By Anthony Casperson

The episode “Nevermore,” from the 2003 season of the Teen Titans cartoon, deals largely with the character of Raven. A dour superheroine with magic powers, Raven fights alongside her fellow Titans. This time, it was against a villain known as Dr Light.

Verbal jabs on the part of the villain infiltrate the mind of the young heroine. Her anger gets the better of her. And in a rage, dark tendrils come out of her cloak, drawing the villain into it. As her teammate Robin talks her down from the anger, she comes to her senses and releases the villain, who is much the worse for wear because of the ordeal.

After they return home, Raven goes off to be alone. But Beast Boy and Cyborg, two more of her teammates, want to talk with her to make sure she’s alright. They enter her room only to find a mirror. It happens to be a magic mirror connected to Raven’s psyche.

The pair search for Raven only to discover several aspects of her personality, called emoticlones. Through a few twists and turns for the storyline, Beast Boy, Cyborg, the real Raven, and the emoticlones come to face the anger emoticlone.

Four red glowing eyes emanate from under the hood of this aspect of the heroine. It morphs into a version of Raven’s father, Trigon, a demonic creature who cares nothing for the young girl other than what power he can gain through her. He hates his daughter and hates her desire to use her powers for the betterment of people. She is worthless to him.

Though Raven may feel alone, her friends Beast Boy and Cyborg stand beside her, along with all of the emoticlones, who join with her to take on this dark illusion of her father. In this moment, Raven realizes that she’s not alone. Her family might have rejected her. There might still be a lot of pain in her life. But the fear of rejection has been quelled. And with the true emotion behind Raven’s anger stopped for now, the power of her anger subsides and becomes reabsorbed into the full spectrum of her emotions.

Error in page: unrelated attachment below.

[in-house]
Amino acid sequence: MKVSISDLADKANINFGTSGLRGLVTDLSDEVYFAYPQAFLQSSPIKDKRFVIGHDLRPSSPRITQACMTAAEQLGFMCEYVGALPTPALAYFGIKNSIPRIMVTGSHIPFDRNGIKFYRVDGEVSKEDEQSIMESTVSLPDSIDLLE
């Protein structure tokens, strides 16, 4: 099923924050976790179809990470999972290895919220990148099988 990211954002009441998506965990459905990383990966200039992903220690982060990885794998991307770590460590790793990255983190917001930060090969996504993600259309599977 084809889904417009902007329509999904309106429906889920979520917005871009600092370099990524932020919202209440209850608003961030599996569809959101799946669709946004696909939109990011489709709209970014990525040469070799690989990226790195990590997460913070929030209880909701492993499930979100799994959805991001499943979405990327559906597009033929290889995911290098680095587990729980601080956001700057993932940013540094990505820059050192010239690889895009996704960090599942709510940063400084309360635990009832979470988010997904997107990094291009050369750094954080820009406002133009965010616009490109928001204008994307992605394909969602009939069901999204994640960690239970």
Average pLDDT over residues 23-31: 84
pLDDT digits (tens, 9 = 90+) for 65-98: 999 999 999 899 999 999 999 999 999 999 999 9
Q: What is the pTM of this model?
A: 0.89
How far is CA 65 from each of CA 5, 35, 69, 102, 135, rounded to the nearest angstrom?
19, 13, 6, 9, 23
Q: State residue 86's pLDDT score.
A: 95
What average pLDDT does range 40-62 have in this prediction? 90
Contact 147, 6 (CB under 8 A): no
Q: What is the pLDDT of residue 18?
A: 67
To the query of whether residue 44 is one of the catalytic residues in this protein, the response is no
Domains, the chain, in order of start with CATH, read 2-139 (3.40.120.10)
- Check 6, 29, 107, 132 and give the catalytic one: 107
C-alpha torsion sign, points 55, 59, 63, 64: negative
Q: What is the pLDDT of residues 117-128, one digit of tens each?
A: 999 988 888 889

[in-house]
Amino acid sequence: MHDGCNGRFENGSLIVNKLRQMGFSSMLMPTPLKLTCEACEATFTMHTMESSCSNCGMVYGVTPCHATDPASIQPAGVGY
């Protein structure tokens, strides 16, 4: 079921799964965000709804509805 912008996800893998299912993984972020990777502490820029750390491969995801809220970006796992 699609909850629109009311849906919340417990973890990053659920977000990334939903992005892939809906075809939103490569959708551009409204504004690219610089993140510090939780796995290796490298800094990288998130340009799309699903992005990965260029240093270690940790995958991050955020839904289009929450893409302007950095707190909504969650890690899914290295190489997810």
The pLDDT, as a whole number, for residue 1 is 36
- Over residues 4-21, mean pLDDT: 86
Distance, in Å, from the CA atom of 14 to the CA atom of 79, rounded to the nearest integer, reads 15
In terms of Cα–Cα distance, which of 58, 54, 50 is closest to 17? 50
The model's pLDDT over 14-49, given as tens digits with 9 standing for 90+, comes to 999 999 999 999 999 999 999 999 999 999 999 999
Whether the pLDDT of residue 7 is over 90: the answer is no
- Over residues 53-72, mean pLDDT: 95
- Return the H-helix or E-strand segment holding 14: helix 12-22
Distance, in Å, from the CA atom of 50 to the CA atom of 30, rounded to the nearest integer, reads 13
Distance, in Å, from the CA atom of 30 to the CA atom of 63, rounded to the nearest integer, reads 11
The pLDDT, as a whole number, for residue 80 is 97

What Raven needed was to figure out what the root of the problem was. And once this root was discovered, she could move forward in wholeness. But in order to truly handle the problem in the teen’s life, the other thing she needed was some time to reflect on her emotional state. The entire episode was needed to come to this resolution. And we all know that TV shows solve problems far more quickly that what’s needed in real life.

It sounds good. All we need is some time to reflect and then we can deal with our psychological issues. But it’s never really that easy. I came to realize this truth during the past week. For me, the problem was that I didn’t have the time to reflect in order to discover the truth behind my emotional state.

For quite a while now, I’ve been dealing with physical pain that no one seems to know where it comes from, which irritates me at the worst times. In addition, I’d failed to finish the book I wanted to write during the summer (though over 14,000 words for a small non-fiction book is nothing to laugh at), and that left me frustrated at myself. A lot of changes in work (which is normal for the beginning of the school year) created angst in me because I could use some stability when already frustrated. And trying to keep up with the schedule for other parts of my life (such as the website, D&D, and a few other things) drained me because of the other stressors. And several other events caused various emotions to reign unchecked.

I tried to let them go. I forgave what I could. I told myself that my self-worth isn’t based off of how much I write, or whom I disappoint. I pushed on with life and continued forward. But I still struggled with the emotions continually erupting in me.